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Wanted: a diagnosis for my son.

Sometimes I wish my son had cerebral palsy, or Down syndrome something definite and preferably a little visible. That thought bothers me a lot and makes me feel pretty guilty. Face it, it is rather unsettling for a mother to wish a disability on her child. Why would anyone want that? After a lot of deliberate thought and soul-searching, I have come to the conclusion that such thoughts stem from a deep desperation for answers and also for relief of the gnawing guilt that is eating away at my family.

My son, Allan, now almost five, is a beautiful boy. Born after a relatively tough pregnancy and delivery, he was a normal, healthy - but somewhat quiet - infant. At eight months, an accident left him with a fractured left leg bone. He seemed to recuperate from this completely. At ten months, he had an ear infection with a high fever from which he likewise seemed to recover. Then at fourteen months, he was the victim of a widespread salmonella food poisoning outbreak. He suffered from severe diarrhea and a high fever complicated by strep throat. After nearly a week, he began to improve. Life began to return to normal.

At his regular fifteen month check-up, our nightmare began. His pediatrician, while conducting a routine developmental screening, suggested Allan have some testing due to his lack of speech development. At eighteen months, a comprehensive psychological, sociological, audiological, and speech evaluation was done. He showed only a mild delay in the area of speech for which a home program was prescribed.

At two years, Allan's list of problems expanded and included an "attention deficit disorder" and possible emotional disturbance. At this time, an orthopedist also noted Allan's toe-walking and unsteady gait. By two and a half, Allan had begun having seizures - both grand mal and psychomotor, with and without fever.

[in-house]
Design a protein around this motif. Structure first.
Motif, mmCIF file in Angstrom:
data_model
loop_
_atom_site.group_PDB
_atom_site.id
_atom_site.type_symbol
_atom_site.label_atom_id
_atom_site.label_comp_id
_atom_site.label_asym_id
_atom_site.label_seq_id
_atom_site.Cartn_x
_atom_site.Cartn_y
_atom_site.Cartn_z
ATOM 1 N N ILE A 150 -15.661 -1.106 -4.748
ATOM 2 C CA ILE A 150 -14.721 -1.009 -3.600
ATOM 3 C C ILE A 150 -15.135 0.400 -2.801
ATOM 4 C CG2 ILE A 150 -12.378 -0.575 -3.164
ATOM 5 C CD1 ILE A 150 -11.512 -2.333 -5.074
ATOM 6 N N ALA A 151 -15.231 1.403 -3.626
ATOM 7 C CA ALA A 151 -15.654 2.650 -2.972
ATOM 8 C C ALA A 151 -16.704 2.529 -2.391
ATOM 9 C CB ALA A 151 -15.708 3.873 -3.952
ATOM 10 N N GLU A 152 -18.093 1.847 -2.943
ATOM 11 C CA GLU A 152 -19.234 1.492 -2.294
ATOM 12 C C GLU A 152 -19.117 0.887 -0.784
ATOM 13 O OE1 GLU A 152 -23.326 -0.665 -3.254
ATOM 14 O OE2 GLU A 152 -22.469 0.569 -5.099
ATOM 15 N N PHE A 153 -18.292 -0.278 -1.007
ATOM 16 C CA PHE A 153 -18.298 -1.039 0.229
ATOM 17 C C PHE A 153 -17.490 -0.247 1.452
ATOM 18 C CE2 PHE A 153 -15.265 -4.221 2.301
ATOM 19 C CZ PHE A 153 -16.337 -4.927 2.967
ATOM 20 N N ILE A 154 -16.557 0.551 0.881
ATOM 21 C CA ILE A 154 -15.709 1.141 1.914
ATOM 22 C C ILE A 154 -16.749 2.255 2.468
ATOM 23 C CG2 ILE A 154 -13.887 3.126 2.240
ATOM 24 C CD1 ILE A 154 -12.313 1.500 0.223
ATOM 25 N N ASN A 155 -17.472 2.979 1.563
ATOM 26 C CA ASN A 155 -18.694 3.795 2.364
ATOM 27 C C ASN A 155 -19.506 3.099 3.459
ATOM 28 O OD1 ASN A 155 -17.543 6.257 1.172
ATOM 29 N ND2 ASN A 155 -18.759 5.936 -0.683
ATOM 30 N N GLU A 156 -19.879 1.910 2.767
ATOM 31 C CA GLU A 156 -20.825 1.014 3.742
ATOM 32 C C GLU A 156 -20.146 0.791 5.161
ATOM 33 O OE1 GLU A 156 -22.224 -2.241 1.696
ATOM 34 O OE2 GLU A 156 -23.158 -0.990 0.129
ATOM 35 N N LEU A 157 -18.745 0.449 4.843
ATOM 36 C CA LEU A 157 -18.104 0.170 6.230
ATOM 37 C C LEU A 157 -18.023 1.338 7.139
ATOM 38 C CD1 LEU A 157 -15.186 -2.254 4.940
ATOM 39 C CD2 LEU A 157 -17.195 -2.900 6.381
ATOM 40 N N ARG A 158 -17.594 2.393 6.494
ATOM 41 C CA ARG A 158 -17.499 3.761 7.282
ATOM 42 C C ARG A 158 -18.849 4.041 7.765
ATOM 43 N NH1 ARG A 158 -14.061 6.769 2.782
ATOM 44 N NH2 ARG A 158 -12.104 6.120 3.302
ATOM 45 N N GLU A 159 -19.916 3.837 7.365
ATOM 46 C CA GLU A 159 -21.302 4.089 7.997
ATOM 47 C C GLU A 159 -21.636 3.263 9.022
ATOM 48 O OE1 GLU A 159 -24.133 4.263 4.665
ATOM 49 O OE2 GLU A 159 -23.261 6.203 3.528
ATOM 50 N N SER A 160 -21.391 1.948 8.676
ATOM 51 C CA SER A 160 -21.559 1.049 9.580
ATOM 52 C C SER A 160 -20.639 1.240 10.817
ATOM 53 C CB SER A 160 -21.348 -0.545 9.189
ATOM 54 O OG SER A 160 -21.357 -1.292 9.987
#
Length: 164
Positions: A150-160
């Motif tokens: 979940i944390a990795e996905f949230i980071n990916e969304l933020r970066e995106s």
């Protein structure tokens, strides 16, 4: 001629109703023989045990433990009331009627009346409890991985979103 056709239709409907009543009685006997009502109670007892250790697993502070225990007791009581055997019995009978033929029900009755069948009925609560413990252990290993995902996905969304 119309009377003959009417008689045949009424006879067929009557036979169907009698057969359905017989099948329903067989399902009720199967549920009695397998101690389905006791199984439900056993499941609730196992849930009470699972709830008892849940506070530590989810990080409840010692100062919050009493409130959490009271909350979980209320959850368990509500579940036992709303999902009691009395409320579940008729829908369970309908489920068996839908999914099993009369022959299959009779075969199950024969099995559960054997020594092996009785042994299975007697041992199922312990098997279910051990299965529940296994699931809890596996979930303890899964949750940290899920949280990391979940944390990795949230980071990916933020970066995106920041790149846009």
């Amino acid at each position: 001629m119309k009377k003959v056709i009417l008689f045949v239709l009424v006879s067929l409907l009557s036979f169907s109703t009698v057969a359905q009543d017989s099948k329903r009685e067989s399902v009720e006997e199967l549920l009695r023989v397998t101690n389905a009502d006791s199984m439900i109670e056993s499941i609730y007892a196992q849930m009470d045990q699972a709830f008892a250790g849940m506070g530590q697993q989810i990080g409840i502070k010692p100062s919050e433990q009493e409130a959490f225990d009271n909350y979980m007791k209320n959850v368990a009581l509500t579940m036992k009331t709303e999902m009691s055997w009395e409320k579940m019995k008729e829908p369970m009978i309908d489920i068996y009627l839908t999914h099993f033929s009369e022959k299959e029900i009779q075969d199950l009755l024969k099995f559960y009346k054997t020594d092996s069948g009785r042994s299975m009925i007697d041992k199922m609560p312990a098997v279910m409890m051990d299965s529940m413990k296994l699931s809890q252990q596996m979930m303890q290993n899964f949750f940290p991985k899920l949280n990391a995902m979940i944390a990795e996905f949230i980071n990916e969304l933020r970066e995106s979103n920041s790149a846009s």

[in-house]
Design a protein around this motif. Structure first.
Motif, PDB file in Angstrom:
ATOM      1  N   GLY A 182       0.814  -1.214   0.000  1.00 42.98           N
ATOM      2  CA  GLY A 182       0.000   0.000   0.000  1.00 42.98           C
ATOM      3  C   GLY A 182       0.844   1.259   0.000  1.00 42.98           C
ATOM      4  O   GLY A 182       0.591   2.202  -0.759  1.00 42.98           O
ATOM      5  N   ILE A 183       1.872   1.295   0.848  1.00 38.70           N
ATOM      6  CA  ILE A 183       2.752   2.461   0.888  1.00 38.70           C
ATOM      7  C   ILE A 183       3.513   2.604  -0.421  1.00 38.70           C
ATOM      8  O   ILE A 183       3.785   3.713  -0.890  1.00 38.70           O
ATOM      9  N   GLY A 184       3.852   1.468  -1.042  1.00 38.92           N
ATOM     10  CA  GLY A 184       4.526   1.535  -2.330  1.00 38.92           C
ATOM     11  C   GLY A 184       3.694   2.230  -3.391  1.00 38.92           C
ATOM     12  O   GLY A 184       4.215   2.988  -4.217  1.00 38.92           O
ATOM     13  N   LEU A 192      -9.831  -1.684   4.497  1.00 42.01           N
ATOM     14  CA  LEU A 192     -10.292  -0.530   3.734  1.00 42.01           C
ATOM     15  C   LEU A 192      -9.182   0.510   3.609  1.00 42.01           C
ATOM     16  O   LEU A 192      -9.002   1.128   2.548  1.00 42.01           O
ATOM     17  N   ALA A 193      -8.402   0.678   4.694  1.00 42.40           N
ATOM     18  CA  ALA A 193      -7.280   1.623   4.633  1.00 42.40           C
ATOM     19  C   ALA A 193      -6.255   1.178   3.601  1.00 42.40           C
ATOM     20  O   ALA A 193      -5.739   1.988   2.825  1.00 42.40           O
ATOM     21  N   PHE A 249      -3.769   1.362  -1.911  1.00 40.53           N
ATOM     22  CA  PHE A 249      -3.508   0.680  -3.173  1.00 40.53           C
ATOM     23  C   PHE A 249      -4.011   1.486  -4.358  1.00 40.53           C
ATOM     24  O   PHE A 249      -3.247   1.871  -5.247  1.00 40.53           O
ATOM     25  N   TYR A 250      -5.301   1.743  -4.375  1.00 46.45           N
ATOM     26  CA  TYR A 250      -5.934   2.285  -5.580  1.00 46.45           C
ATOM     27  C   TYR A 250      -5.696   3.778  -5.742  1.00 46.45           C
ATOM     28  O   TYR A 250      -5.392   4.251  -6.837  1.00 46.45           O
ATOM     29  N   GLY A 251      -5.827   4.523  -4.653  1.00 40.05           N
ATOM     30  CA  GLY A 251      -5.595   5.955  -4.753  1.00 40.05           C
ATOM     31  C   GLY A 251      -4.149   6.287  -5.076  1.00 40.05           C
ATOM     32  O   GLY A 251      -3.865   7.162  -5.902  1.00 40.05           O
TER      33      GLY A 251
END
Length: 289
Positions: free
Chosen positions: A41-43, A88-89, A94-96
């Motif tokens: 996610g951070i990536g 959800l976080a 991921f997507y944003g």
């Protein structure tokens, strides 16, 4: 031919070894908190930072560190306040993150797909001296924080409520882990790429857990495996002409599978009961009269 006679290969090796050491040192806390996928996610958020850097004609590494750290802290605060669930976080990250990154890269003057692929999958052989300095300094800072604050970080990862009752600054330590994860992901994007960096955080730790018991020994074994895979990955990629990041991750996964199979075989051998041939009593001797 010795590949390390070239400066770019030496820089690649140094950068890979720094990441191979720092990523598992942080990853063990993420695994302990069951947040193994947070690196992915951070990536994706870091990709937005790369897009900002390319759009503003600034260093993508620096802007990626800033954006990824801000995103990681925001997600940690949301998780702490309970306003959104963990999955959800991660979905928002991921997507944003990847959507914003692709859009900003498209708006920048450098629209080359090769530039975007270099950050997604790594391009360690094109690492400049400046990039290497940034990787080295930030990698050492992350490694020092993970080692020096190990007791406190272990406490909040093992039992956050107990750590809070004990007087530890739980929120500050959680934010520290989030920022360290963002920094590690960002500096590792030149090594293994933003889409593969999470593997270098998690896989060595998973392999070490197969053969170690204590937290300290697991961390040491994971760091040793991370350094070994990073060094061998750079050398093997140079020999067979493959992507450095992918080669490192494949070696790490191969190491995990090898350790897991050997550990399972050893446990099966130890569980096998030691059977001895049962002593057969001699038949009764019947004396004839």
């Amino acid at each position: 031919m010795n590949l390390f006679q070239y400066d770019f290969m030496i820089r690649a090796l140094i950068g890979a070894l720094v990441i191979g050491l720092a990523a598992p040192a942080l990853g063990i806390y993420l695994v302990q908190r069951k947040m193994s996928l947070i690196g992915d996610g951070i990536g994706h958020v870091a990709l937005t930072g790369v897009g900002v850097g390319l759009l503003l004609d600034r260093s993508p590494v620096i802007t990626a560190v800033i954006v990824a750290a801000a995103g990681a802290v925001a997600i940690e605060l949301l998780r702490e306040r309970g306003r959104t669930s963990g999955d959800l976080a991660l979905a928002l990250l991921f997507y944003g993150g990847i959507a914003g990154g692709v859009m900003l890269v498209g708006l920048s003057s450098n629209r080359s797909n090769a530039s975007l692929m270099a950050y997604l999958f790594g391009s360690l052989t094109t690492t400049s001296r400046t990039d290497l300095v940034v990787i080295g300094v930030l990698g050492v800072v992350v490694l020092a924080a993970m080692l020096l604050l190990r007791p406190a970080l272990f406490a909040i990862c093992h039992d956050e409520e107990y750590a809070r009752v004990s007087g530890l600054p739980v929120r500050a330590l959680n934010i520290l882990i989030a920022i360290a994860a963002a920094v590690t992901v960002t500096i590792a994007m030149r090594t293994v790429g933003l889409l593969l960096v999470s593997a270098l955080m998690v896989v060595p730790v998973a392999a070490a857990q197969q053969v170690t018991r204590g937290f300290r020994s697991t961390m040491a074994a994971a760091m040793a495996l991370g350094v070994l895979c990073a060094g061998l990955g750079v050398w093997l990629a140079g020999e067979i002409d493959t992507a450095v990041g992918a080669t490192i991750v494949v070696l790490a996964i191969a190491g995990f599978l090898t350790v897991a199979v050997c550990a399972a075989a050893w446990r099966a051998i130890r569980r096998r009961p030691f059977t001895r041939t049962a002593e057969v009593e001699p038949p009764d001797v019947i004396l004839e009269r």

At three and a half, on the basis of a neuropsychological examination, Allan was diagnosed as having a pervasive developmental delay complicated by a seizure disorder. He also demonstrated some autistic tendencies. Some of his recent test scores have now dipped into the mildly mentally retarded range. Each day brings new challenges to meet and new worries to overcome. It is hard to know what will happen next.

Allan has been in a preschool program with therapy five days a week since he was barely two. For his orthopedic problems, he now wears leg braces and has physical therapy. All of the tests from neurological to genetic, to metabolic, to orthopedic have yet to provide any clear cut answers for us. So, my perfect baby just keeps slipping further away and we do not know why. We read all the books we can get our hands on and suggest new tests to our doctors. We talk to other parents and pore over recent magazine articles. We have even run allergy tests and begun a series of shots in hopes of seeing some improvement. Still, we are in the dark about just what my son's disability is or what to expect.

Allan is very gregarious with an overactive body and an imagination to match. Still, he appears so "normal" aside from the braces on his legs. However, his behavior takes most people aback. He will take a stranger's hand and perseverate on a phrase from his own private game. If the person is polite, he will smile and ease out of the situation. A perceptive person may even ask what to do or what is wrong with Allan. In response to these questions, I do not know how to concisely reply.

Often, however, people consider him just weird and undisciplined. Some have even blatantly commented to that effect. One very narrow-minded man actually became enraged with my son. When I attempted to explain, he replied my son's only problem was his parentage. I was very hurt by the comment. This was compounded by my own self-doubt and guilt at not knowing the reasons behind my son's disabilities. My husband has become overtly sensitive to my son in public so as not to draw any attention to him and to avoid any embarrassment.

It is not that we are ashamed of our son. We love him dearly and we are very proud of all of his accomplishments. It is just the elusiveness of our son's problems that causes so much pain. So, as awful as it sounds, I have thought of what it might be like to have a child with a defined disability. To belong to a group or to be able to research children similar to ours in order to prepare ourselves for the future would lift such a great burden from our family. As I read the columns in EXCEPTIONAL PARENT's Family Support, or sit in on various local support meetings, it strikes me that "the undiagnosed disabled" and their families could sure use a support group all their own.
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Author:Gundry, Mary
Publication:The Exceptional Parent
Date:Nov 1, 1989
Previous Article:A commitment to adults with disabilities; a goal for the 1990s.
Next Article:Success & happiness: a goal for all children.

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